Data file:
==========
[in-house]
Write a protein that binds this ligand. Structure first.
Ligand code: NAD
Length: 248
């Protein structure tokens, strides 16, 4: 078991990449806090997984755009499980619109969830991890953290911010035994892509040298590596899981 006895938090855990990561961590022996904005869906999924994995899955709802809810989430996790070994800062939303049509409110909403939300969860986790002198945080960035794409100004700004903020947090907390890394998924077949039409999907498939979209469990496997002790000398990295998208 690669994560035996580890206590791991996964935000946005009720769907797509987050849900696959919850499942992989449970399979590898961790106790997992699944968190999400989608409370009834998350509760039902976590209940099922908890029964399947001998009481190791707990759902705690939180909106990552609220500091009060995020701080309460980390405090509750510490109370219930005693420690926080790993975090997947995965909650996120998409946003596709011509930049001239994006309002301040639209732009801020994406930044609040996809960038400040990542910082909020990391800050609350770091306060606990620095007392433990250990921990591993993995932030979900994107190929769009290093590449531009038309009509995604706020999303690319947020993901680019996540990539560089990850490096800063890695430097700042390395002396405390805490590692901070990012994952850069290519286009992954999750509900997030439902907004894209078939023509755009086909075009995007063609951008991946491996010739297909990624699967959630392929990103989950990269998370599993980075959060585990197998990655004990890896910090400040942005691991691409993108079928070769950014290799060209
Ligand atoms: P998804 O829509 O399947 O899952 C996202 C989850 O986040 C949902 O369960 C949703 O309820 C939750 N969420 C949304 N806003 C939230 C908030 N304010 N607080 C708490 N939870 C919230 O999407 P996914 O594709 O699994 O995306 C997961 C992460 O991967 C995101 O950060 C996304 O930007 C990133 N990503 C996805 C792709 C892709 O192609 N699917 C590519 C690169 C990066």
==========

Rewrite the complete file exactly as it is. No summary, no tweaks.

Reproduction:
[in-house]
Write a protein that binds this ligand. Structure first.
Ligand code: NAD
Length: 248
């Protein structure tokens, strides 16, 4: 078991990449806090997984755009499980619109969830991890953290911010035994892509040298590596899981 006895938090855990990561961590022996904005869906999924994995899955709802809810989430996790070994800062939303049509409110909403939300969860986790002198945080960035794409100004700004903020947090907390890394998924077949039409999907498939979209469990496997002790000398990295998208 690669994560035996580890206590791991996964935000946005009720769907797509987050849900696959919850499942992989449970399979590898961790106790997992699944968190999400989608409370009834998350509760039902976590209940099922908890029964399947001998009481190791707990759902705690939180909106990552609220500091009060995020701080309460980390405090509750510490109370219930005693420690926080790993975090997947995965909650996120998409946003596709011509930049001239994006309002301040639209732009801020994406930044609040996809960038400040990542910082909020990391800050609350770091306060606990620095007392433990250990921990591993993995932030979900994107190929769009290093590449531009038309009509995604706020999303690319947020993901680019996540990539560089990850490096800063890695430097700042390395002396405390805490590692901070990012994952850069290519286009992954999750509900997030439902907004894209078939023509755009086909075009995007063609951008991946491996010739297909990624699967959630392929990103989950990269998370599993980075959060585990197998990655004990890896910090400040942005691991691409993108079928070769950014290799060209
Ligand atoms: P998804 O829509 O399947 O899952 C996202 C989850 O986040 C949902 O369960 C949703 O309820 C939750 N969420 C949304 N806003 C939230 C908030 N304010 N607080 C708490 N939870 C919230 O999407 P996914 O594709 O699994 O995306 C997961 C992460 O991967 C995101 O950060 C996304 O930007 C990133 N990503 C996805 C792709 C892709 O192609 N699917 C590519 C690169 C990066």